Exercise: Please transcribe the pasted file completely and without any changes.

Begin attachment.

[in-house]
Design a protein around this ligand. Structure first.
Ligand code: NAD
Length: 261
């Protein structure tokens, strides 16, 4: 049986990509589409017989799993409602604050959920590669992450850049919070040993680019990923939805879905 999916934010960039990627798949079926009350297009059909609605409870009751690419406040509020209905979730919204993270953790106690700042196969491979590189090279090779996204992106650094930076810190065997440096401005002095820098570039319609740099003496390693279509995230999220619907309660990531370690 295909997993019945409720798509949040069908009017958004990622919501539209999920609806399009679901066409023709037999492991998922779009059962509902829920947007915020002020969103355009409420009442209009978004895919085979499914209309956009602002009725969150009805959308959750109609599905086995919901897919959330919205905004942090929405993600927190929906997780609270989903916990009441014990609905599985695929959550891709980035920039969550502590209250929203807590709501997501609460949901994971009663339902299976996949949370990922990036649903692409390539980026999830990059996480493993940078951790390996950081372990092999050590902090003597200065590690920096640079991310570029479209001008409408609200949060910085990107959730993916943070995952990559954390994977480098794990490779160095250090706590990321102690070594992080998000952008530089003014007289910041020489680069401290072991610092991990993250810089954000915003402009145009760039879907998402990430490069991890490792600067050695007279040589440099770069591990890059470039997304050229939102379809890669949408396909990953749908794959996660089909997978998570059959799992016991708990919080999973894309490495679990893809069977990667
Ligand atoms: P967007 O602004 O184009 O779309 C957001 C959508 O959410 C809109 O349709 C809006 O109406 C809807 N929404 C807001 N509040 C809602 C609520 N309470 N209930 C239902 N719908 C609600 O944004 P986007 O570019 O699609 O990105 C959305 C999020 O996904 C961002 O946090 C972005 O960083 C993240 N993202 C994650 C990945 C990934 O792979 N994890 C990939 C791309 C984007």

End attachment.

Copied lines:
[in-house]
Design a protein around this ligand. Structure first.
Ligand code: NAD
Length: 261
């Protein structure tokens, strides 16, 4: 049986990509589409017989799993409602604050959920590669992450850049919070040993680019990923939805879905 999916934010960039990627798949079926009350297009059909609605409870009751690419406040509020209905979730919204993270953790106690700042196969491979590189090279090779996204992106650094930076810190065997440096401005002095820098570039319609740099003496390693279509995230999220619907309660990531370690 295909997993019945409720798509949040069908009017958004990622919501539209999920609806399009679901066409023709037999492991998922779009059962509902829920947007915020002020969103355009409420009442209009978004895919085979499914209309956009602002009725969150009805959308959750109609599905086995919901897919959330919205905004942090929405993600927190929906997780609270989903916990009441014990609905599985695929959550891709980035920039969550502590209250929203807590709501997501609460949901994971009663339902299976996949949370990922990036649903692409390539980026999830990059996480493993940078951790390996950081372990092999050590902090003597200065590690920096640079991310570029479209001008409408609200949060910085990107959730993916943070995952990559954390994977480098794990490779160095250090706590990321102690070594992080998000952008530089003014007289910041020489680069401290072991610092991990993250810089954000915003402009145009760039879907998402990430490069991890490792600067050695007279040589440099770069591990890059470039997304050229939102379809890669949408396909990953749908794959996660089909997978998570059959799992016991708990919080999973894309490495679990893809069977990667
Ligand atoms: P967007 O602004 O184009 O779309 C957001 C959508 O959410 C809109 O349709 C809006 O109406 C809807 N929404 C807001 N509040 C809602 C609520 N309470 N209930 C239902 N719908 C609600 O944004 P986007 O570019 O699609 O990105 C959305 C999020 O996904 C961002 O946090 C972005 O960083 C993240 N993202 C994650 C990945 C990934 O792979 N994890 C990939 C791309 C984007």